Ever since I arrived here in the fall of 2007, the main focus of Yale’s international projects has been Asia, and it probably had been for years before. Yale boasts about its joint program with Peking University in China, it brings government workers from China and India every year to New Haven, and now we plan to open a campus in Singapore. Yale’s obsession with Asia is understandable, given the rising economic power and influence of the region, but it presents an unfortunate trade-off, one that subtracts attention from other regions of the world.
In particular, Latin America has received the short end of the straw. Despite its geographic proximity and the significant cultural and economic influence it has on the U.S. through immigration, Yale pays little attention to the region. For Latin American students and scholars, this is a frustrating state of affairs. It is it harder to learn about the region and to dispel many of the incorrect preconceptions people hold about it. There has been some progress in recent years: more classes have been added to the Blue Book and Yale has recently partnered with a European bank to fund programs in Ibero-American and Arabic countries. Yet, the resources that go toward strengthening Yale’s relationship with Latin American countries constitute a small fraction of the time, effort and money that goes toward its plans in Asia. It is telling that Chinese and Indian civil servants are invited to Yale every year for workshops and training programs, but it took a lawsuit before Peruvian officials could get an invitation from Woodbridge Hall.
But if ever there has been a time to feel the vibrancy of Latin America on Yale’s campus, it is during this first week of April. This past weekend, Yale students involved with PorColombia organized the “V Colombian Student Conference,” which brought together Colombians from all over the Northeast to discuss Colombian politics, economics, and arts and to celebrate its culture. At the same time, the Venezuelan Student Organization at Yale (VSOY) organized the “Plan País” conference which sought to develop an innovative plan for the future of Venezuela and to promote healthy dialogue and debate among Venezuelans. Next weekend, the Dominican Students Association (DSA) will host the “5th National Dominican Student Conference” to address similar issues. These student-planned events all featured — or will feature — important guests, ranging from renowned professors to former governmental ministers and heads of state to journalists and artists.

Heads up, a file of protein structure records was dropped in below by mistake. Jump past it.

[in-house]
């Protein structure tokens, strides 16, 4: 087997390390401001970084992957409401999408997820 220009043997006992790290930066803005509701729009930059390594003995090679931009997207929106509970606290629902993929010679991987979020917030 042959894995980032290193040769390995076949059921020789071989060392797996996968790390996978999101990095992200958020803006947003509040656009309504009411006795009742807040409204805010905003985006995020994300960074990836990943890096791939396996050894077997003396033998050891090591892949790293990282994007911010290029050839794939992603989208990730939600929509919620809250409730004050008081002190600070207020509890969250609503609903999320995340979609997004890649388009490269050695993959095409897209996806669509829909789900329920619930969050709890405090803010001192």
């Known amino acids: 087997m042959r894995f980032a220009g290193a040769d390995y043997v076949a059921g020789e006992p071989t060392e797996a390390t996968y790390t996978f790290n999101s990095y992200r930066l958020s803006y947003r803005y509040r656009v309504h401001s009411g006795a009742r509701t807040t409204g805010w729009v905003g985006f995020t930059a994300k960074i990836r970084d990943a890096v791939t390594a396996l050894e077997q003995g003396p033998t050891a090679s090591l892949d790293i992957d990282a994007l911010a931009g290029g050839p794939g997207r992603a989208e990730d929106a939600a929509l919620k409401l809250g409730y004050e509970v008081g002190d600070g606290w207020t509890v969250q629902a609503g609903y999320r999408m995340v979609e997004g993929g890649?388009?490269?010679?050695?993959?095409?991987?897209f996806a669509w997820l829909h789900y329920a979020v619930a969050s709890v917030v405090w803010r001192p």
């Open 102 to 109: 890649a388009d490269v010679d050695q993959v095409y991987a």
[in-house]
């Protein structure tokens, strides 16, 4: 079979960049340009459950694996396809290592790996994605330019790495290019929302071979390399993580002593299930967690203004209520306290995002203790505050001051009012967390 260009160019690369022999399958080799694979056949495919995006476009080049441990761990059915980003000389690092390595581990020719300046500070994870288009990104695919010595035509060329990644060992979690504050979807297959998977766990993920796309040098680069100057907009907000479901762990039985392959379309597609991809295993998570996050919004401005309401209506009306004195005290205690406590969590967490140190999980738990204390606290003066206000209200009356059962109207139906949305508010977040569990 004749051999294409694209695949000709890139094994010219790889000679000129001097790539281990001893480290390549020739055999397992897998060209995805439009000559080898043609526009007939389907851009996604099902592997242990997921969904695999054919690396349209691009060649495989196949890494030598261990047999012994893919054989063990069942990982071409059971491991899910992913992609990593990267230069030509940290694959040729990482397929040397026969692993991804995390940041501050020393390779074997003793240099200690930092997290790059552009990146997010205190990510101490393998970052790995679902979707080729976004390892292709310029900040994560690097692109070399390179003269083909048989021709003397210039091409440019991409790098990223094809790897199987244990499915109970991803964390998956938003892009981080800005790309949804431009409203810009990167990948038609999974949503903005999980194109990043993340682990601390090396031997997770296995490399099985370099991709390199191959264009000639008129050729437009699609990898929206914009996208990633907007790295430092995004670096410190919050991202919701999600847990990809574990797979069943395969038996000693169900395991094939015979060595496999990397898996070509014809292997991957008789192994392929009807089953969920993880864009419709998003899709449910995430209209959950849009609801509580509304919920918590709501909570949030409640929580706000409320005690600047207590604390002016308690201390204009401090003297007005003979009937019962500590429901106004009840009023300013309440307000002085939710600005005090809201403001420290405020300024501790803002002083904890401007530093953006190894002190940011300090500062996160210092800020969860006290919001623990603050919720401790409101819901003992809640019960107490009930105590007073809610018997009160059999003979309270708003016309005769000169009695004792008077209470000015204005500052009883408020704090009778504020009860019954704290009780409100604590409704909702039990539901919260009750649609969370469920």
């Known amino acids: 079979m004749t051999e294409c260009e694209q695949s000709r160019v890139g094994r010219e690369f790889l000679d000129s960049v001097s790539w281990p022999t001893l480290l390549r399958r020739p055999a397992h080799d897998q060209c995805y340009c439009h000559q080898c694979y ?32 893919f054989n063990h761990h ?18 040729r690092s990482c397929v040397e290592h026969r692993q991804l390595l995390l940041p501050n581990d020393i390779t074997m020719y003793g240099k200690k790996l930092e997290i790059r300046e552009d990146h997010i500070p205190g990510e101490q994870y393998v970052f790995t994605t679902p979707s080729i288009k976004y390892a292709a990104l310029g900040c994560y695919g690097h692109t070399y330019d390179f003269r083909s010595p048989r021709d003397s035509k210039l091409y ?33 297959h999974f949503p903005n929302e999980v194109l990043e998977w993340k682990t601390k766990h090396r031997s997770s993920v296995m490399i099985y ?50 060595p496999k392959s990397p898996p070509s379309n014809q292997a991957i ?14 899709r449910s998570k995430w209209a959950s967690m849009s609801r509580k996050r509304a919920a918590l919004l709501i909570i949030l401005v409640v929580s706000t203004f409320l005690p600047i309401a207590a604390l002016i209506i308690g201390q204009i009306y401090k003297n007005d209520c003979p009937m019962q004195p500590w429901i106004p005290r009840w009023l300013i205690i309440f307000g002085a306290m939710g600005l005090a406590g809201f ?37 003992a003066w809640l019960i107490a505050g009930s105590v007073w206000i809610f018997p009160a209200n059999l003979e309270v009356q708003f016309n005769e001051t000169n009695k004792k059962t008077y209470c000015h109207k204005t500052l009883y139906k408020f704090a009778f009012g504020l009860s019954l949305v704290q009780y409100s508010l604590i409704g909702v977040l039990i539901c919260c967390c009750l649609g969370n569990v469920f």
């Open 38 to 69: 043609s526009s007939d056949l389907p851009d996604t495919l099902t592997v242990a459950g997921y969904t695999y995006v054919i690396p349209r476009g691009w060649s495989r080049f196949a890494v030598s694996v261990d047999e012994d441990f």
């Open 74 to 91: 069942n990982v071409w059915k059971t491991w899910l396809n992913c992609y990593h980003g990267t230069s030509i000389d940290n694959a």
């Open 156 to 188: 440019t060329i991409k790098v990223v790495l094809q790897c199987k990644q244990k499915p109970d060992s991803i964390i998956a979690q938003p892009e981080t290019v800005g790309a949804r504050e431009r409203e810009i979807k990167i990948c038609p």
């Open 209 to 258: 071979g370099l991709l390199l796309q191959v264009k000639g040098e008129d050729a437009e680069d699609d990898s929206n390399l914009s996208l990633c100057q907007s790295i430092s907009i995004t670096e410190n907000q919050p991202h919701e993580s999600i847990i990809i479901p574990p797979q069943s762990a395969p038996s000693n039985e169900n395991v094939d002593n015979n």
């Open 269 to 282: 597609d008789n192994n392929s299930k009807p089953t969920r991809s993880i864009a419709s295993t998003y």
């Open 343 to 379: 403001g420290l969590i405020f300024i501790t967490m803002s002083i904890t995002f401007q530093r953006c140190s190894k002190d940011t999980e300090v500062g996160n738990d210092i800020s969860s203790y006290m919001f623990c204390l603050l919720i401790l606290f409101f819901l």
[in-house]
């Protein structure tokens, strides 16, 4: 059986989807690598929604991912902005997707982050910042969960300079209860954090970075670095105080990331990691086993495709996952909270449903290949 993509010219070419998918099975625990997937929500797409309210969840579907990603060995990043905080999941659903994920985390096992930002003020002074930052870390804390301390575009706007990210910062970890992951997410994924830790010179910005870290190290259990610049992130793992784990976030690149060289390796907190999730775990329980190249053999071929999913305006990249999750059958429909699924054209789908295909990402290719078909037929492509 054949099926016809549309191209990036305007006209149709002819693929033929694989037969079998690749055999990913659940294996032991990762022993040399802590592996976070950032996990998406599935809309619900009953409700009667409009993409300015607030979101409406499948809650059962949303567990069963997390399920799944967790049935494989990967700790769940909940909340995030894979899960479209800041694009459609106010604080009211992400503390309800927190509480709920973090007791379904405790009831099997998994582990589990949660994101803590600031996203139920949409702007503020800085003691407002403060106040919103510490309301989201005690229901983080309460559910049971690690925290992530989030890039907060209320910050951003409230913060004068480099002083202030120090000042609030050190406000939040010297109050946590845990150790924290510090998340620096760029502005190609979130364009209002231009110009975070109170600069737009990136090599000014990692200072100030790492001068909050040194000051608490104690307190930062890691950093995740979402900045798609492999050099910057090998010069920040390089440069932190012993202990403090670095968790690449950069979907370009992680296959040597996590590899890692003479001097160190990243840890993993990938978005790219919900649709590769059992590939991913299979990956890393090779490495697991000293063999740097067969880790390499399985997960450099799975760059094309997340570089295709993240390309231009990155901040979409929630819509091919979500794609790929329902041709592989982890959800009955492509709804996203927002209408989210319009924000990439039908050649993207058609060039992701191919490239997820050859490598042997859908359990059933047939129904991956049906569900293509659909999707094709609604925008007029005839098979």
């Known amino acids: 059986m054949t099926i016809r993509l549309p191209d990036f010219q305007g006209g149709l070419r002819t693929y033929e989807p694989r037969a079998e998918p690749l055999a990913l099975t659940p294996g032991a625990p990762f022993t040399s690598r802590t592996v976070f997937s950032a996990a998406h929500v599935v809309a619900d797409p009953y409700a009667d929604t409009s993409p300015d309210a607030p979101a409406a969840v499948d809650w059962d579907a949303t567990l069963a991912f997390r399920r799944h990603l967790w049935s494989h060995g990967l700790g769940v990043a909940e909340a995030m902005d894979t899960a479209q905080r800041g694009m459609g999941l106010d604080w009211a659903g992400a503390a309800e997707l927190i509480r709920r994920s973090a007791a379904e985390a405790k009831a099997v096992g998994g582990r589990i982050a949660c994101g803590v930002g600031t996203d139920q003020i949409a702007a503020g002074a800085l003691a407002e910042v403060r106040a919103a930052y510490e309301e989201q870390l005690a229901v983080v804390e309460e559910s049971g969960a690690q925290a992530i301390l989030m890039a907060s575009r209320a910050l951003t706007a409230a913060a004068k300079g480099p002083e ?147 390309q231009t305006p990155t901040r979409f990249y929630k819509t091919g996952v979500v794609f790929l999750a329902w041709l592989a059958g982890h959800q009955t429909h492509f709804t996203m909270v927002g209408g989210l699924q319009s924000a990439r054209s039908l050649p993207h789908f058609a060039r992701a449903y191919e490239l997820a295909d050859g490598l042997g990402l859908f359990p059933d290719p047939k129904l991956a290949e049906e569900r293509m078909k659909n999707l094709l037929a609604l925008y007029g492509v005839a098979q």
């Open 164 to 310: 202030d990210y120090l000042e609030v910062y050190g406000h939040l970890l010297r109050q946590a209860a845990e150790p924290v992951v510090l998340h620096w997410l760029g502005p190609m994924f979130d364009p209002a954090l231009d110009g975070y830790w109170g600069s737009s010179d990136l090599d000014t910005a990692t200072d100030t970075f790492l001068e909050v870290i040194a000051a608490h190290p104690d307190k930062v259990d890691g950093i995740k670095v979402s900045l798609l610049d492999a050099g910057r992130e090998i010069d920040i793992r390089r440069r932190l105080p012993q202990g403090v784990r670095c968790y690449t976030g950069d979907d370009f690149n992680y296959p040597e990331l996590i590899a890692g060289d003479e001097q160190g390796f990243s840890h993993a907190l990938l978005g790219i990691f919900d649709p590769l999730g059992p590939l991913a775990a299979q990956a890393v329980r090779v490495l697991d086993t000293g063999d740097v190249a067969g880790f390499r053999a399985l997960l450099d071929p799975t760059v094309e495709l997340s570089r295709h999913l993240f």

These conferences are a testament to the student interest in Latin America. They reflect a desire to learn about the region and to celebrate its culture, history, languages and music. Yale should help bring a different side of Latin America to light, to prove that we have more to offer than drug trafficking, high homicide rates, and corrupt governments. Yale should take special note of this student interest and provide more resources for its students to learn about the region.
In the end, however, we Latin Americans cannot expect Yale and the world to start caring for our countries all of a sudden — especially when Asia can play the money card. Thus, we should strive to serve as cultural ambassadors of our countries and promote interest in them. We can do this through student groups, the subjects we study, or the causes we fight for. We live in a time when the voices of many Latin Americans go unheard — either they are undocumented in the United States or suffering from violence and poverty at home. It is up to us to speak up and represent Latin America’s richness. Only then can we put the region on the agenda, and keep it there.
Oscar Pocasangre is a senior in Berkeley College and is from El Salvador.